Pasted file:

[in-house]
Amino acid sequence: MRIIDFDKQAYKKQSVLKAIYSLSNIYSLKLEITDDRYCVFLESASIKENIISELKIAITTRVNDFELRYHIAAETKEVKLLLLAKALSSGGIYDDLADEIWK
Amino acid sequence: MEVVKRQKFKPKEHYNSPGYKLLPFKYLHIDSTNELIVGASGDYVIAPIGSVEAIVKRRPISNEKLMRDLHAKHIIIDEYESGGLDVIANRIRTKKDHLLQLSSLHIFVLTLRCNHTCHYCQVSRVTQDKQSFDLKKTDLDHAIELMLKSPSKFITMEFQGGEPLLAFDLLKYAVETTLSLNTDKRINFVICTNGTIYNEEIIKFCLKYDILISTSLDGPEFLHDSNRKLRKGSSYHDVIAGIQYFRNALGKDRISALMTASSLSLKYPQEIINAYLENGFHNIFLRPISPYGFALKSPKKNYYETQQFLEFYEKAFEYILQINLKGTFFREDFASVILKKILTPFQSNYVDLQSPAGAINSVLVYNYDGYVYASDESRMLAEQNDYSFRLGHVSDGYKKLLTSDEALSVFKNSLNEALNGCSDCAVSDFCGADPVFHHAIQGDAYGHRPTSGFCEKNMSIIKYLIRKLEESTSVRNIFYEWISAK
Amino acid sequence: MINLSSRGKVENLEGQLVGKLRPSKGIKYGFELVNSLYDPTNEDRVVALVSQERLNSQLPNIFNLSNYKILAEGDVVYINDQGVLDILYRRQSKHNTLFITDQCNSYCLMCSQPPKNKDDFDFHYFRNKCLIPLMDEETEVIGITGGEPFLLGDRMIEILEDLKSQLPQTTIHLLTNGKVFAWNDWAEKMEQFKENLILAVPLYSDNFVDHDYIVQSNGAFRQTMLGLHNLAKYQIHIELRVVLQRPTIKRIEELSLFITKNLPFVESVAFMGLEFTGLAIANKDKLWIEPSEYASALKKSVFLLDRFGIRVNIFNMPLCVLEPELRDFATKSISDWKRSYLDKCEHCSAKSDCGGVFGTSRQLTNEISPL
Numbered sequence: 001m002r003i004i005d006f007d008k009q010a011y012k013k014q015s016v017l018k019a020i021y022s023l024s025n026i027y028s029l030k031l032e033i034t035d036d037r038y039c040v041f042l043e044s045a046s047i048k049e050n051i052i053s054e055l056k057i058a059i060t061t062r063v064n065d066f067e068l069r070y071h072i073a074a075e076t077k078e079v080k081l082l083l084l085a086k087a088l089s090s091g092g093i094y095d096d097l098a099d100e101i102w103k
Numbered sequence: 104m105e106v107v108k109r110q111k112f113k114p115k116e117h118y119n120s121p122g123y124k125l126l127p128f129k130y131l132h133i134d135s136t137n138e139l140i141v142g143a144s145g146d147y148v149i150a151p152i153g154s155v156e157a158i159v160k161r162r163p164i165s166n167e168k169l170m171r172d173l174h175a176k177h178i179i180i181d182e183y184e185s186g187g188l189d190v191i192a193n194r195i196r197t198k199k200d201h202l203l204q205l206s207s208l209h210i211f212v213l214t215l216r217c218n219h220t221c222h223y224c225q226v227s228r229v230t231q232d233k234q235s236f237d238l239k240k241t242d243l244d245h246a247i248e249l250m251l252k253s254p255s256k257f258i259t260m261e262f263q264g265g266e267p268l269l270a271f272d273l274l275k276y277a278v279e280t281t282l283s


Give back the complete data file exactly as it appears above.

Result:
[in-house]
Amino acid sequence: MRIIDFDKQAYKKQSVLKAIYSLSNIYSLKLEITDDRYCVFLESASIKENIISELKIAITTRVNDFELRYHIAAETKEVKLLLLAKALSSGGIYDDLADEIWK
Amino acid sequence: MEVVKRQKFKPKEHYNSPGYKLLPFKYLHIDSTNELIVGASGDYVIAPIGSVEAIVKRRPISNEKLMRDLHAKHIIIDEYESGGLDVIANRIRTKKDHLLQLSSLHIFVLTLRCNHTCHYCQVSRVTQDKQSFDLKKTDLDHAIELMLKSPSKFITMEFQGGEPLLAFDLLKYAVETTLSLNTDKRINFVICTNGTIYNEEIIKFCLKYDILISTSLDGPEFLHDSNRKLRKGSSYHDVIAGIQYFRNALGKDRISALMTASSLSLKYPQEIINAYLENGFHNIFLRPISPYGFALKSPKKNYYETQQFLEFYEKAFEYILQINLKGTFFREDFASVILKKILTPFQSNYVDLQSPAGAINSVLVYNYDGYVYASDESRMLAEQNDYSFRLGHVSDGYKKLLTSDEALSVFKNSLNEALNGCSDCAVSDFCGADPVFHHAIQGDAYGHRPTSGFCEKNMSIIKYLIRKLEESTSVRNIFYEWISAK
Amino acid sequence: MINLSSRGKVENLEGQLVGKLRPSKGIKYGFELVNSLYDPTNEDRVVALVSQERLNSQLPNIFNLSNYKILAEGDVVYINDQGVLDILYRRQSKHNTLFITDQCNSYCLMCSQPPKNKDDFDFHYFRNKCLIPLMDEETEVIGITGGEPFLLGDRMIEILEDLKSQLPQTTIHLLTNGKVFAWNDWAEKMEQFKENLILAVPLYSDNFVDHDYIVQSNGAFRQTMLGLHNLAKYQIHIELRVVLQRPTIKRIEELSLFITKNLPFVESVAFMGLEFTGLAIANKDKLWIEPSEYASALKKSVFLLDRFGIRVNIFNMPLCVLEPELRDFATKSISDWKRSYLDKCEHCSAKSDCGGVFGTSRQLTNEISPL
Numbered sequence: 001m002r003i004i005d006f007d008k009q010a011y012k013k014q015s016v017l018k019a020i021y022s023l024s025n026i027y028s029l030k031l032e033i034t035d036d037r038y039c040v041f042l043e044s045a046s047i048k049e050n051i052i053s054e055l056k057i058a059i060t061t062r063v064n065d066f067e068l069r070y071h072i073a074a075e076t077k078e079v080k081l082l083l084l085a086k087a088l089s090s091g092g093i094y095d096d097l098a099d100e101i102w103k
Numbered sequence: 104m105e106v107v108k109r110q111k112f113k114p115k116e117h118y119n120s121p122g123y124k125l126l127p128f129k130y131l132h133i134d135s136t137n138e139l140i141v142g143a144s145g146d147y148v149i150a151p152i153g154s155v156e157a158i159v160k161r162r163p164i165s166n167e168k169l170m171r172d173l174h175a176k177h178i179i180i181d182e183y184e185s186g187g188l189d190v191i192a193n194r195i196r197t198k199k200d201h202l203l204q205l206s207s208l209h210i211f212v213l214t215l216r217c218n219h220t221c222h223y224c225q226v227s228r229v230t231q232d233k234q235s236f237d238l239k240k241t242d243l244d245h246a247i248e249l250m251l252k253s254p255s256k257f258i259t260m261e262f263q264g265g266e267p268l269l270a271f272d273l274l275k276y277a278v279e280t281t282l283s